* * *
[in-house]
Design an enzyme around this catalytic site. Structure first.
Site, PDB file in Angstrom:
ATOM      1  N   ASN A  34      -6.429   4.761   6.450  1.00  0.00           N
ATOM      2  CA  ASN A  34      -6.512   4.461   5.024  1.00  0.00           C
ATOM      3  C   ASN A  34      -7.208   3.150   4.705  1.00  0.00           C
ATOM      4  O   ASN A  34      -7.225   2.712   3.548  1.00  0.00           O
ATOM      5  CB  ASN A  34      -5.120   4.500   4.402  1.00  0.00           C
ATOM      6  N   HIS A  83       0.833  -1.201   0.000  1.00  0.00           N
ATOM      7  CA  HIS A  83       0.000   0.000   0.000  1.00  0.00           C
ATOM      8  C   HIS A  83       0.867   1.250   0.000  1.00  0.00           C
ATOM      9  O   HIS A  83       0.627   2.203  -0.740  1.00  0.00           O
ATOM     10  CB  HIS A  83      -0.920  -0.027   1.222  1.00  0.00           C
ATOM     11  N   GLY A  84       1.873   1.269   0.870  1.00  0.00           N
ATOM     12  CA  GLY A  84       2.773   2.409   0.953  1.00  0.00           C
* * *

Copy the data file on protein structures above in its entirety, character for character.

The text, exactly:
[in-house]
Design an enzyme around this catalytic site. Structure first.
Site, PDB file in Angstrom:
ATOM      1  N   ASN A  34      -6.429   4.761   6.450  1.00  0.00           N
ATOM      2  CA  ASN A  34      -6.512   4.461   5.024  1.00  0.00           C
ATOM      3  C   ASN A  34      -7.208   3.150   4.705  1.00  0.00           C
ATOM      4  O   ASN A  34      -7.225   2.712   3.548  1.00  0.00           O
ATOM      5  CB  ASN A  34      -5.120   4.500   4.402  1.00  0.00           C
ATOM      6  N   HIS A  83       0.833  -1.201   0.000  1.00  0.00           N
ATOM      7  CA  HIS A  83       0.000   0.000   0.000  1.00  0.00           C
ATOM      8  C   HIS A  83       0.867   1.250   0.000  1.00  0.00           C
ATOM      9  O   HIS A  83       0.627   2.203  -0.740  1.00  0.00           O
ATOM     10  CB  HIS A  83      -0.920  -0.027   1.222  1.00  0.00           C
ATOM     11  N   GLY A  84       1.873   1.269   0.870  1.00  0.00           N
ATOM     12  CA  GLY A  84       2.773   2.409   0.953  1.00  0.00           C